The Sweet Herb of Paraguay: Growing Stevia At Home

Have you heard of the natural sweetener called stevia, yet? If not, you will soon! In March of 2013, the US FDA officially approved stevia extracts for the beverage industry, and there are already plans to release new Coke and Sprite products containing stevia in countries around the world. Currently, Europe is leading the world in the stevia market, producing over 40% of the new stevia-containing products worldwide. So stevia use is on the rise, and the trend promises to continue as consumers search for natural substitutes for processed sugar, corn syrup and harmful artificial sweeteners.

The stevia plant is a gift from nature. The leaves are 30-times sweeter than sugar, with no calories… and it is actually good for your teeth! Stevia contains natural anti-plaque and anti-bacterial agents, and one of the first commercial products to contain stevia was Rembrandt toothpaste. Of course, the sweet leaves have always been used to sweeten bitter foods and medicines, and stevia extracts are a great alternative to artificial sweeteners. Unlike many artificial sweeteners, stevia extracts are not easily broken down by acids. Stevia can be added to fruit juice vinegars to make them into ice cream toppings. Stevia is also stable at high temperatures. So it can be used in baking temperatures of up to 450° F without breaking down. Artificial sweeteners, on the other hand, will produce toxic byproducts at such temperatures. Stevia also has many health benefits, such as helping to stabilize blood sugar levels, and it has been used in native South American countries as a diabetes treatment for many years.

Unfortunately, the more processing the plant leaves go through to isolate the pure “sweet” molecules, the fewer the health benefits. So a whole-leaf product is by far the best for those seeking the full range of benefits of stevia. So why not do what I did, grow your own at home? I’ve been growing stevia in my basement in Michigan for many years, and it thrives. Amazingly, NASA tried to grow stevia as a sugar substitute for their Mission to Mars project, but it failed. So apparently you don’t have to be a rocket scientist to grow stevia; you just have to know a couple of things about the stevia plant!

The first thing I learned when growing stevia in hydroponics is that it doesn’t like a lot of nitrate-nitrogen. Stevia is native to the Amambay Mountain Range on the eastern border of Paraguay. It has a shallow root system, and since nitrates quickly wash away with soil runoff from the slopes, the plant adapted to low-nitrate conditions. When I grew stevia in an ebb-and-flow hydroponic system together with my basil and other herbs, the stevia showed signs of fertilizer burn. The edges of the leaves started to brown, even at low to medium EC’s, but the rest of my herbs looked fine. So I had to make a compromise and lower the EC in the herb garden. The next time I grew stevia, I put it into its own mini-hydroponic system. I used a bloom formula instead of a nitrate-rich grow formula, and I kept the EC at about 1.0-1.2. As the plants matured, I switched to a boost formula with no nitrate-nitrogen, and the plants grew three times larger than what the seed pack described! The sweetness of the leaves was very intense, too.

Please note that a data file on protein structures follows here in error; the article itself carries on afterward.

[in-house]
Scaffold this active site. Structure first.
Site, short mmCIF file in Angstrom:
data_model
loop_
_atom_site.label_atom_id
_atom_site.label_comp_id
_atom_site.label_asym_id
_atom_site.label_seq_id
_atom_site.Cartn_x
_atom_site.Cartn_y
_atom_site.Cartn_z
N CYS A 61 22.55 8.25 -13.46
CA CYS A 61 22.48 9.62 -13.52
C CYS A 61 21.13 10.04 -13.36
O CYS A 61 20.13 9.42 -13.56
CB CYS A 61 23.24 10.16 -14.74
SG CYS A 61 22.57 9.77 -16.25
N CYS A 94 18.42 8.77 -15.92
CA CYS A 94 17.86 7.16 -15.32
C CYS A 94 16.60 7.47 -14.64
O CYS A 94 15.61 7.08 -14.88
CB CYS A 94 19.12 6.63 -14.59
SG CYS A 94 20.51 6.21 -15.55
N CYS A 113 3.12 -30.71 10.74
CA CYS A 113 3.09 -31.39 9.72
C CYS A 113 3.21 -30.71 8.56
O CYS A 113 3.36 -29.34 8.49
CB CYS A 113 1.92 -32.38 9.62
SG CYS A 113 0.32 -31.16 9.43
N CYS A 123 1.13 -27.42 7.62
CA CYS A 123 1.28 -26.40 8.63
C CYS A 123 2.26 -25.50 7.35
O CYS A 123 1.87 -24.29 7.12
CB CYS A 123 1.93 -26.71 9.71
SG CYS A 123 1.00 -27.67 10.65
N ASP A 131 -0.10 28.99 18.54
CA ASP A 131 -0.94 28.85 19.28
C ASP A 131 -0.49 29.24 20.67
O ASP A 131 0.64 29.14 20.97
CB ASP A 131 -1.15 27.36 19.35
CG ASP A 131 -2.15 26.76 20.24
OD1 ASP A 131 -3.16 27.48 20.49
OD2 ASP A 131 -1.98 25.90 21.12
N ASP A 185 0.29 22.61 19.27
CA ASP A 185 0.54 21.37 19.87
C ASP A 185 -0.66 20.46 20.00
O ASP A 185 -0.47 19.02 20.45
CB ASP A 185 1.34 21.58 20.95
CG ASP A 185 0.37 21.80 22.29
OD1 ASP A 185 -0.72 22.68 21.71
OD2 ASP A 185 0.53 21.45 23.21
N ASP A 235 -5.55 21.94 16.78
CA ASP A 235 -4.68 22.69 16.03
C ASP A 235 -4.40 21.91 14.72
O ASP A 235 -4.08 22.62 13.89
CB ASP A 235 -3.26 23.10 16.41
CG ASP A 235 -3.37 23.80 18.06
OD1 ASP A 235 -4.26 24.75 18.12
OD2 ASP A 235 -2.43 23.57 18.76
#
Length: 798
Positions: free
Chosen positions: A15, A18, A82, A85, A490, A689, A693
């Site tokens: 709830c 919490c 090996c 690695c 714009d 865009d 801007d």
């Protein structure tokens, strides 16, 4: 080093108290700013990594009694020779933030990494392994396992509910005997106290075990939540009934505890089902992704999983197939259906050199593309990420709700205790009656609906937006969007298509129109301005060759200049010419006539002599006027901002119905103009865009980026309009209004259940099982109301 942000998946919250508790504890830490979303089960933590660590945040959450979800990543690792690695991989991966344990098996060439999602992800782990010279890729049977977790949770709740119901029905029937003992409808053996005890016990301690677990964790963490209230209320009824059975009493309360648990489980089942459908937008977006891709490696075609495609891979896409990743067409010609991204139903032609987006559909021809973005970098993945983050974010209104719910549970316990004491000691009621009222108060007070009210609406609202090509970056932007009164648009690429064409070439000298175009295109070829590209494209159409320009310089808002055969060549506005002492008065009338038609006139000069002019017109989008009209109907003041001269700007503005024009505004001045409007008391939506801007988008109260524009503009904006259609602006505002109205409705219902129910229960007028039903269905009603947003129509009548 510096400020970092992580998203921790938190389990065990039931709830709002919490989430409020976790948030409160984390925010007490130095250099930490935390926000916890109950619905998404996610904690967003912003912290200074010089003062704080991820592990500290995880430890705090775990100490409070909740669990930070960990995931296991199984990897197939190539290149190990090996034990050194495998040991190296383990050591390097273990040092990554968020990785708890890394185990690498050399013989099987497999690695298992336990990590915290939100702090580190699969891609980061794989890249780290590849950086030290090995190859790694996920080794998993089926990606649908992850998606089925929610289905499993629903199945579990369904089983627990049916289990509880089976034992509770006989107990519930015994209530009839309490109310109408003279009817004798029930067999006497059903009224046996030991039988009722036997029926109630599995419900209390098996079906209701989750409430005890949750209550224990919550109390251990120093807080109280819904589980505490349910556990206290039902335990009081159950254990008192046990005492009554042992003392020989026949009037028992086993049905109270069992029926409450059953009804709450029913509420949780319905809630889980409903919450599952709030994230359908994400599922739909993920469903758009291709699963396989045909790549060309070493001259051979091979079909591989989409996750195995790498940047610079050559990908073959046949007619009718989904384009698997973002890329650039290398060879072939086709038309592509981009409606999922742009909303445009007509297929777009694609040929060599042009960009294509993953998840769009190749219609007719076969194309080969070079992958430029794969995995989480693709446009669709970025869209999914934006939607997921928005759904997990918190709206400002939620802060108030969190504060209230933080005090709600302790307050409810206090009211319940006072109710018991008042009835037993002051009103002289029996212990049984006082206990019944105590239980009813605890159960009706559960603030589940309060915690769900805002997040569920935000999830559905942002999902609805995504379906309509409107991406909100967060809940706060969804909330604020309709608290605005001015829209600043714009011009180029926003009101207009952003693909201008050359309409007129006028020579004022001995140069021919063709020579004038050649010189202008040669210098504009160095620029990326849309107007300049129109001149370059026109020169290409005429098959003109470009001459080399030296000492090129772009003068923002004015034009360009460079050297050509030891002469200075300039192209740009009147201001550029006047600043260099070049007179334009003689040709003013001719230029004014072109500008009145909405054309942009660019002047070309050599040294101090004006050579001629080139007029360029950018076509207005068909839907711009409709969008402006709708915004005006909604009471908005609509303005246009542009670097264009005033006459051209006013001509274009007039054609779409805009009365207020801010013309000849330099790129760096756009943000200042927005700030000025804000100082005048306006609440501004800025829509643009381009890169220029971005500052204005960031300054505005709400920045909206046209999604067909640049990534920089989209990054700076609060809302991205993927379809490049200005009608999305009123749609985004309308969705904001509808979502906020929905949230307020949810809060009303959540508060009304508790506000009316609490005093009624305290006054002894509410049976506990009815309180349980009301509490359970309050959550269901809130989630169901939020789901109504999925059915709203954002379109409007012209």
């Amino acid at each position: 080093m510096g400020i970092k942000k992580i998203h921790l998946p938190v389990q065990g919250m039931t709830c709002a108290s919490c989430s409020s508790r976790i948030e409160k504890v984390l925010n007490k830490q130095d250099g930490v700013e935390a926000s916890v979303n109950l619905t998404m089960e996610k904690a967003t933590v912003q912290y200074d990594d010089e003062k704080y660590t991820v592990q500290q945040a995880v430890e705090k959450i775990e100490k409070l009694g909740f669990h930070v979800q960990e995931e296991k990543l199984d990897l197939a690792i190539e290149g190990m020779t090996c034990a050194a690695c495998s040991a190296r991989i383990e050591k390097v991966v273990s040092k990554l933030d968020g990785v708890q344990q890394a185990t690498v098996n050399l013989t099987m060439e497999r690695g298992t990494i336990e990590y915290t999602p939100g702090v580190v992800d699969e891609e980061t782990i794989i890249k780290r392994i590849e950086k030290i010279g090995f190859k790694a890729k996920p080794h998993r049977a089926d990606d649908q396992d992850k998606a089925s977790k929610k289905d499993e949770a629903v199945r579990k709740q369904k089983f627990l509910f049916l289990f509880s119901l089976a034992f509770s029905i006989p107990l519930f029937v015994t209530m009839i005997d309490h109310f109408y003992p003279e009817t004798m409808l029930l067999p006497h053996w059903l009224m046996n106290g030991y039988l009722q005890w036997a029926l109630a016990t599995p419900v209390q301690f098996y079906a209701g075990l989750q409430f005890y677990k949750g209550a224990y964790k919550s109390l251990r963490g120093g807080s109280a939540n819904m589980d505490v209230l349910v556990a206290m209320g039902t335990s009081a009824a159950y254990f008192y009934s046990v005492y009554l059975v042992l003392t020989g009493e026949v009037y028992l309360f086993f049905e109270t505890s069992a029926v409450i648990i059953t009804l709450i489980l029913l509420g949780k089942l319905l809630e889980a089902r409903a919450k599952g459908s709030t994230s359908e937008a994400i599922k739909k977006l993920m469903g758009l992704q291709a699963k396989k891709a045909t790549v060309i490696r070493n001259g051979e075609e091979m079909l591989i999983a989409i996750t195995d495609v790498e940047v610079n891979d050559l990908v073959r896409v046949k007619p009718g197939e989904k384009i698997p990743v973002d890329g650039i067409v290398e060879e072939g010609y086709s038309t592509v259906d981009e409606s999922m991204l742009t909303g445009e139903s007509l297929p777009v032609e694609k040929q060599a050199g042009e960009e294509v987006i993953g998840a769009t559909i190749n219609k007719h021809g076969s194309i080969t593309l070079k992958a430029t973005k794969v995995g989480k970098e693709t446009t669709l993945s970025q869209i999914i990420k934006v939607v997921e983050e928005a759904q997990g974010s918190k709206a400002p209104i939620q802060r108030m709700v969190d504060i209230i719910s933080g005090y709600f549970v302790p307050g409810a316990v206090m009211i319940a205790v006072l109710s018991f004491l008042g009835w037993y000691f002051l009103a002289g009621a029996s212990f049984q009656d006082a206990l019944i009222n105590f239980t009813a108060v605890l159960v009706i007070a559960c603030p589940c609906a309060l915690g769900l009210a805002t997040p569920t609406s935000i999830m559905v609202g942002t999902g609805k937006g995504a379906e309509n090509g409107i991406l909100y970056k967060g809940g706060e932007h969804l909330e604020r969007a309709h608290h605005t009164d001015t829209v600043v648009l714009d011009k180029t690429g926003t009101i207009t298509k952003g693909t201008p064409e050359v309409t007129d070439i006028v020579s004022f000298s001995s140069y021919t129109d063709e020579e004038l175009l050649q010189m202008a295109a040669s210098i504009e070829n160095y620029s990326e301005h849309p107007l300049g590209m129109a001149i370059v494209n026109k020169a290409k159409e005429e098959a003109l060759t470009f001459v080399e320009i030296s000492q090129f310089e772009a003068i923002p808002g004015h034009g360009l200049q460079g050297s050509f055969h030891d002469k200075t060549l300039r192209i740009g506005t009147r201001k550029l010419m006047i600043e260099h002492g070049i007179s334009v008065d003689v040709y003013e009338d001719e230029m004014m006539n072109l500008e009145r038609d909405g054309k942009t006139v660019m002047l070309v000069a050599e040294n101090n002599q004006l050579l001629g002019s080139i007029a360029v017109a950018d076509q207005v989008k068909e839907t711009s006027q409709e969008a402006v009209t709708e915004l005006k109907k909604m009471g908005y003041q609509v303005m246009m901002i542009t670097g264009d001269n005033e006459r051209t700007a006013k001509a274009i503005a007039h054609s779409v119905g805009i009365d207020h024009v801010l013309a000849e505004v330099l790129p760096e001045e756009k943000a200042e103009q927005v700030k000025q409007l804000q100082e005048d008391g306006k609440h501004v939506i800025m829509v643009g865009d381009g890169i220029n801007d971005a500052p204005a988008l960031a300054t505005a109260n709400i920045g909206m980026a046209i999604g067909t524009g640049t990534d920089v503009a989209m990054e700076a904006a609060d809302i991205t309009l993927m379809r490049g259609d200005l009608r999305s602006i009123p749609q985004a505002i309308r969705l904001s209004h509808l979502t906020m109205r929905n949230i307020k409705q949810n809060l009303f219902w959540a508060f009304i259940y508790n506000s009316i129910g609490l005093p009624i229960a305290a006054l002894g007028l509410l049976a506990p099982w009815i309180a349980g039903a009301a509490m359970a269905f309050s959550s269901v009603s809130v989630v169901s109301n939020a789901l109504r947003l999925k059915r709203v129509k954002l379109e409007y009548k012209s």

The next thing you need to know about stevia is that it is a short-day plant. In other words, as soon as the plants receive 12 hours of light and 12 hours of darkness, it goes to flower. The sweetness is in the leaves, especially the older leaves near the bottom of the plant, so you want to avoid flowering. As the flowers begin to develop, the leaves start to lose their quality and start to become bitter.

Stevia is so sensitive to day length that you can set your calendar by it! One summer I grew stevia in an outdoor hydroponic garden. I brought it indoors on the first day of autumn (the equinox), and it started going to flower the next day! I tried extending the light period to 24 hours a day to bring them back to a vegetative state, but it was too late. All of the new growth went to flower, and I had to start new plants for the winter. So keep your stevia plants on long days from the very beginning to extend the harvesting season. You can continue to pluck off the bottom leaves of the plant any time that you need them. You can use the leaves fresh, or dry them for future use. For fun, try to take the smallest bite of a leaf tip that you possibly can, and chew it up a little. You will taste the sweetness of the leaf for an hour!

When harvesting, you can cut and hang the whole plant to dry, just like other herbs, or you can pluck off the leaves and put them on a drying rack. The veins of the leaves have a bitter aftertaste compared to the leaf tissue. So after the leaves are dry, I like to rub them between my hands over a large, stainless steel salad bowl. The veins remain in my hands, and I throw them away, but the tissue between the veins collects in the bowl. During the process, I can actually taste the sweetness in the dust from the air, and for a special treat, I get to sample a little of the white powder that collects on the sides of the bowl. It’s like pure, crystal sweetness!

Stevia is easy to use. Just steep a leaf in hot water to sweeten your herbal teas, or steep the leaves in milk and use it for baking. One of my favorite drinks is chocolate mint tea. I steep a few leaves from my chocolate mint plants together with my stevia leaves. It smells just like hot chocolate, and it has a wonderful after taste. There are whole cookbooks devoted to stevia, so don’t be afraid to try it! You will soon discover for yourself what Native Americans have enjoyed for centuries. Just remember, stevia is intensely sweet, and a little goes a long way. If you use too much, some of the bitter after taste starts to come through. But if you use just the right amount, it is guaranteed to put a smile on your face every time!

By Harley Smith